At the analyst lunch at Ariba LIVE, Craig Federighi, the vendor's long-time CTO, gave an informative presentation on Ariba's product and solution strategy. While it was not as captivating as his comic "Dora the Explorer" Ariba child brain-washing introduction during his main-stage presentation, I found it quite information to say the least. Craig began his talk by discussing the history of Ariba's software development and how that all of its current technology (with the exception of data enrichment, which came from Softface) is homegrown and based on a single code base, some of which dates to the late nineties. When Ariba (Nasdaq: ARBA) acquired providers like FreeMarkets, they kept the IP, but ultimately redeveloped the applications rather than provide in Craig's words "a series duck-tapped applications" like that of so many other software vendors that grew through acquisition.
According to Craig, all of Ariba's applications are designed based on a multi-partition, multi-organization architecture. Even before the current On-Demand release, he noted that Ariba has deployed their core applications in the past to dozens of business units in Global 2000 organizations in what amounts to multi-tenant, SaaS model (albeit installed behind the customer's firewall). In addition, the Ariba Supplier Network (ASN), which has operated since 1999, was also built from the ground-up in a multi-tenant, SaaS model. Hence, the On-Demand announcement this week, while representative of significant application modifications, did not require Ariba to rebuild their applications from scratch.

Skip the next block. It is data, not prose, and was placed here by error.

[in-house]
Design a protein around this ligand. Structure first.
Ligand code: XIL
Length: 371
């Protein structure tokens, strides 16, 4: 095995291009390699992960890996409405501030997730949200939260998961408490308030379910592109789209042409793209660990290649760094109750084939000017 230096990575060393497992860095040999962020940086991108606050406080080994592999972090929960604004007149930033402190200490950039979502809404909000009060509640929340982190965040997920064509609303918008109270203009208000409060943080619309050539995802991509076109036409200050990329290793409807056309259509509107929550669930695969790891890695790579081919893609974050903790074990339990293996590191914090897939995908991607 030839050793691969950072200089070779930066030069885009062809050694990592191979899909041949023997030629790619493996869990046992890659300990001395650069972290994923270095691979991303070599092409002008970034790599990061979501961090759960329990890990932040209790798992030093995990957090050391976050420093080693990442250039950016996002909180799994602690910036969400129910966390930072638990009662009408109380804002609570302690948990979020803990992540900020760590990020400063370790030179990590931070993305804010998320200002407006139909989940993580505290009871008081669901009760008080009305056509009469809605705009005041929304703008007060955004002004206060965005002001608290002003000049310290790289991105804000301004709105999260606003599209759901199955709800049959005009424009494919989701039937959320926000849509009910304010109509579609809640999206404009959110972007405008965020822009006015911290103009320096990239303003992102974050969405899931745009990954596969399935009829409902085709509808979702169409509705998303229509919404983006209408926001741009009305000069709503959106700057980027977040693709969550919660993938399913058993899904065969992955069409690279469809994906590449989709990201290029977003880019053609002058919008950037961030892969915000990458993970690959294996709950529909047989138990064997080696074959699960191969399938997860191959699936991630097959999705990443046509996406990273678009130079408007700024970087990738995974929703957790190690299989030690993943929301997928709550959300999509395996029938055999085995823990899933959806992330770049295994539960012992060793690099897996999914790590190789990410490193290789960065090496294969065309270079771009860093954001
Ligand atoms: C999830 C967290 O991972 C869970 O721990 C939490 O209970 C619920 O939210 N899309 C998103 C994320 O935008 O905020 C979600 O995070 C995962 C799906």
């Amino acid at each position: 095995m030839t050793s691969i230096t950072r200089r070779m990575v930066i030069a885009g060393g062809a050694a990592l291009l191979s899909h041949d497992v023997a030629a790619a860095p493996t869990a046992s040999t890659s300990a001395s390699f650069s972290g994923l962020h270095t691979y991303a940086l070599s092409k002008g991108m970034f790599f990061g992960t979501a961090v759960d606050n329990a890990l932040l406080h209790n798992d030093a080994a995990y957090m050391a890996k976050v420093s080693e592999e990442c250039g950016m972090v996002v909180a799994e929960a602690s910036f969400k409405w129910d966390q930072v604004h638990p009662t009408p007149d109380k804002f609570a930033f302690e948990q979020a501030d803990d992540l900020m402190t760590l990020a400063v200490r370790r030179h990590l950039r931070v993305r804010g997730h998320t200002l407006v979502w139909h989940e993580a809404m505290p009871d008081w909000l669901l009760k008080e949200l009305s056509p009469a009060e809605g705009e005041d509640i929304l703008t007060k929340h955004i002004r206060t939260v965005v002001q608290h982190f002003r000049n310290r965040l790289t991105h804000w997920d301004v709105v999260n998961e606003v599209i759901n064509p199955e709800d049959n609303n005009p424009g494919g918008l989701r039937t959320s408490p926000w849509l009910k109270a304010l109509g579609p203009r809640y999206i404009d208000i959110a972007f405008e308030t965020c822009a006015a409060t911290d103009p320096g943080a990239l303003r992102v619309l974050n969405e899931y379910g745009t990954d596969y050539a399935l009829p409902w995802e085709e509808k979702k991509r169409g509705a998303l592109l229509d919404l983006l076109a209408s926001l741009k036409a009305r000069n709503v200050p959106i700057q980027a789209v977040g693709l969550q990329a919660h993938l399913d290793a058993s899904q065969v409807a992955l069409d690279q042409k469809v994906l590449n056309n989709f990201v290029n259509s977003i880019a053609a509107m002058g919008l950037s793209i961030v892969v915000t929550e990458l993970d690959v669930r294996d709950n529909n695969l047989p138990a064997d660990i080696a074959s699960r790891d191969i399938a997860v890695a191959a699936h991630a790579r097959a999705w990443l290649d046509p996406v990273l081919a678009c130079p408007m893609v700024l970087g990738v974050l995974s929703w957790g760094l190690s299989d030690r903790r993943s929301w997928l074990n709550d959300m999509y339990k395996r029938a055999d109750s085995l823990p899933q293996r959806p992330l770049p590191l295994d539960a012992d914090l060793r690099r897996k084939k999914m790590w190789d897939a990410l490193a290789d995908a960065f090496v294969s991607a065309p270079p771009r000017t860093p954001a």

Craig noted that there are three key objectives driving Ariba's On-Demand platform strategy. These are:
1) To make it easier for large customers to expand their use of Ariba’s solutions
2) To make it easier for growing enterprises (i.e., the middle market) to buy
3) To provide more value to suppliers through the Ariba network
To meet these objectives, Ariba's new on-demand capabilities will be available in three flavors: Basic, Professional (which supports more complex buying needs and offers advanced features, enhanced configurability, and better support), and Enterprise (which is a not a multi-tenant deployment, but is hosted by Ariba). A common code line serves the entire product suite which should make it easier for Ariba to deploy new releases to customers, while allowing for a more seamless upgrade and up-sell capability as well.
Craig believes the sweet spot for multi-tenant On-Demand deployments will be companies with $5 billion and below in revenue. Ariba was pleasantly surprised that prospects at this revenue level and below offered little push-back about security and other concerns when asked if they would consider an On-Demand deployment model.
As a final aside, outside of On-Demand, much of Ariba's new positioning is based around helping companies extend the use of their ERP applications to gain greater benefits from their existing investments. For example, Ariba's supplier connectivity solutions (including the ASN) can enable organizations that are using SAP, Oracle, or other ERP SRM applications to capture more spend and realize faster returns from their current investments. Don't scrap it, make it better, could have been the mantra of the day.